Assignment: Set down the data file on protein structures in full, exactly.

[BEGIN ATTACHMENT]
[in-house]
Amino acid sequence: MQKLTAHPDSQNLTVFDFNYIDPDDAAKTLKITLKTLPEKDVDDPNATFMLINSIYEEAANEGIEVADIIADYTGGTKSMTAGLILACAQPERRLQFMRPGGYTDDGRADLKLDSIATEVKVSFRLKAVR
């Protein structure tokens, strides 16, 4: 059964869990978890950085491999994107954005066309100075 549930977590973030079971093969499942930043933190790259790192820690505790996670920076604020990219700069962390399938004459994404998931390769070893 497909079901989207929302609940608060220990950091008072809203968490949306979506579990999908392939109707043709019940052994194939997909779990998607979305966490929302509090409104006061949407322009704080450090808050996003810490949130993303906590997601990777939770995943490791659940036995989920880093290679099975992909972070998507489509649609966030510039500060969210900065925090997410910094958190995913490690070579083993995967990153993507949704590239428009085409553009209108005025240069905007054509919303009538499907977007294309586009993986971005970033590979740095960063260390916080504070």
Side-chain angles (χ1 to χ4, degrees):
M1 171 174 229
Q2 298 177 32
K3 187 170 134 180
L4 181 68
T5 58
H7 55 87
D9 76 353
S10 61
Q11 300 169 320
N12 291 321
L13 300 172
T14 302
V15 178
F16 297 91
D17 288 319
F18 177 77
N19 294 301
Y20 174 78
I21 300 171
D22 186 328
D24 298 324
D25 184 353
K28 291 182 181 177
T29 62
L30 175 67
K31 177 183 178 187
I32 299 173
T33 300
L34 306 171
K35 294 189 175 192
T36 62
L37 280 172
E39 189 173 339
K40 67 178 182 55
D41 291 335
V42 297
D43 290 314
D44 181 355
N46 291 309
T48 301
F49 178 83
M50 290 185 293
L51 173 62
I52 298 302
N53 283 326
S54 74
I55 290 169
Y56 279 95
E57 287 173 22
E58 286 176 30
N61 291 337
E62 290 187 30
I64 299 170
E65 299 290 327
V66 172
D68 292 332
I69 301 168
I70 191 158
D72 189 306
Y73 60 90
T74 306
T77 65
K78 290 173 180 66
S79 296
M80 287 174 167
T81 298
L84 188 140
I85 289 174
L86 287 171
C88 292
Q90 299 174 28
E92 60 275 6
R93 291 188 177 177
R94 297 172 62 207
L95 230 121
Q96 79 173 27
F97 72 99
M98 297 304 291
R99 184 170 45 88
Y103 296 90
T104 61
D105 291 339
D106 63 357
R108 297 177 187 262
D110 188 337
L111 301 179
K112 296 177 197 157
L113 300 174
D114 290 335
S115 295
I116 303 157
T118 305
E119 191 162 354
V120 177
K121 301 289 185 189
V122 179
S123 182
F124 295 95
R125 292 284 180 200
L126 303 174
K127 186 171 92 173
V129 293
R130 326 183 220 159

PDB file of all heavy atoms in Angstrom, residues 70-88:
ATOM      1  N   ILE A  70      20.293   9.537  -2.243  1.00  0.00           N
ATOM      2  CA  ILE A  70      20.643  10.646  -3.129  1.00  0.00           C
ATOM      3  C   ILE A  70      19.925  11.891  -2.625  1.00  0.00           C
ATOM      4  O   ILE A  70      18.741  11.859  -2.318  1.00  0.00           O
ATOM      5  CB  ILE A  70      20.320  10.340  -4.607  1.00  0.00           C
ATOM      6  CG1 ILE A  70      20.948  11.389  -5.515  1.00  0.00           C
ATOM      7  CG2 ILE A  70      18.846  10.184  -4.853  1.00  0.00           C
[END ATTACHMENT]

[in-house]
Amino acid sequence: MQKLTAHPDSQNLTVFDFNYIDPDDAAKTLKITLKTLPEKDVDDPNATFMLINSIYEEAANEGIEVADIIADYTGGTKSMTAGLILACAQPERRLQFMRPGGYTDDGRADLKLDSIATEVKVSFRLKAVR
């Protein structure tokens, strides 16, 4: 059964869990978890950085491999994107954005066309100075 549930977590973030079971093969499942930043933190790259790192820690505790996670920076604020990219700069962390399938004459994404998931390769070893 497909079901989207929302609940608060220990950091008072809203968490949306979506579990999908392939109707043709019940052994194939997909779990998607979305966490929302509090409104006061949407322009704080450090808050996003810490949130993303906590997601990777939770995943490791659940036995989920880093290679099975992909972070998507489509649609966030510039500060969210900065925090997410910094958190995913490690070579083993995967990153993507949704590239428009085409553009209108005025240069905007054509919303009538499907977007294309586009993986971005970033590979740095960063260390916080504070």
Side-chain angles (χ1 to χ4, degrees):
M1 171 174 229
Q2 298 177 32
K3 187 170 134 180
L4 181 68
T5 58
H7 55 87
D9 76 353
S10 61
Q11 300 169 320
N12 291 321
L13 300 172
T14 302
V15 178
F16 297 91
D17 288 319
F18 177 77
N19 294 301
Y20 174 78
I21 300 171
D22 186 328
D24 298 324
D25 184 353
K28 291 182 181 177
T29 62
L30 175 67
K31 177 183 178 187
I32 299 173
T33 300
L34 306 171
K35 294 189 175 192
T36 62
L37 280 172
E39 189 173 339
K40 67 178 182 55
D41 291 335
V42 297
D43 290 314
D44 181 355
N46 291 309
T48 301
F49 178 83
M50 290 185 293
L51 173 62
I52 298 302
N53 283 326
S54 74
I55 290 169
Y56 279 95
E57 287 173 22
E58 286 176 30
N61 291 337
E62 290 187 30
I64 299 170
E65 299 290 327
V66 172
D68 292 332
I69 301 168
I70 191 158
D72 189 306
Y73 60 90
T74 306
T77 65
K78 290 173 180 66
S79 296
M80 287 174 167
T81 298
L84 188 140
I85 289 174
L86 287 171
C88 292
Q90 299 174 28
E92 60 275 6
R93 291 188 177 177
R94 297 172 62 207
L95 230 121
Q96 79 173 27
F97 72 99
M98 297 304 291
R99 184 170 45 88
Y103 296 90
T104 61
D105 291 339
D106 63 357
R108 297 177 187 262
D110 188 337
L111 301 179
K112 296 177 197 157
L113 300 174
D114 290 335
S115 295
I116 303 157
T118 305
E119 191 162 354
V120 177
K121 301 289 185 189
V122 179
S123 182
F124 295 95
R125 292 284 180 200
L126 303 174
K127 186 171 92 173
V129 293
R130 326 183 220 159

PDB file of all heavy atoms in Angstrom, residues 70-88:
ATOM      1  N   ILE A  70      20.293   9.537  -2.243  1.00  0.00           N
ATOM      2  CA  ILE A  70      20.643  10.646  -3.129  1.00  0.00           C
ATOM      3  C   ILE A  70      19.925  11.891  -2.625  1.00  0.00           C
ATOM      4  O   ILE A  70      18.741  11.859  -2.318  1.00  0.00           O
ATOM      5  CB  ILE A  70      20.320  10.340  -4.607  1.00  0.00           C
ATOM      6  CG1 ILE A  70      20.948  11.389  -5.515  1.00  0.00           C
ATOM      7  CG2 ILE A  70      18.846  10.184  -4.853  1.00  0.00           C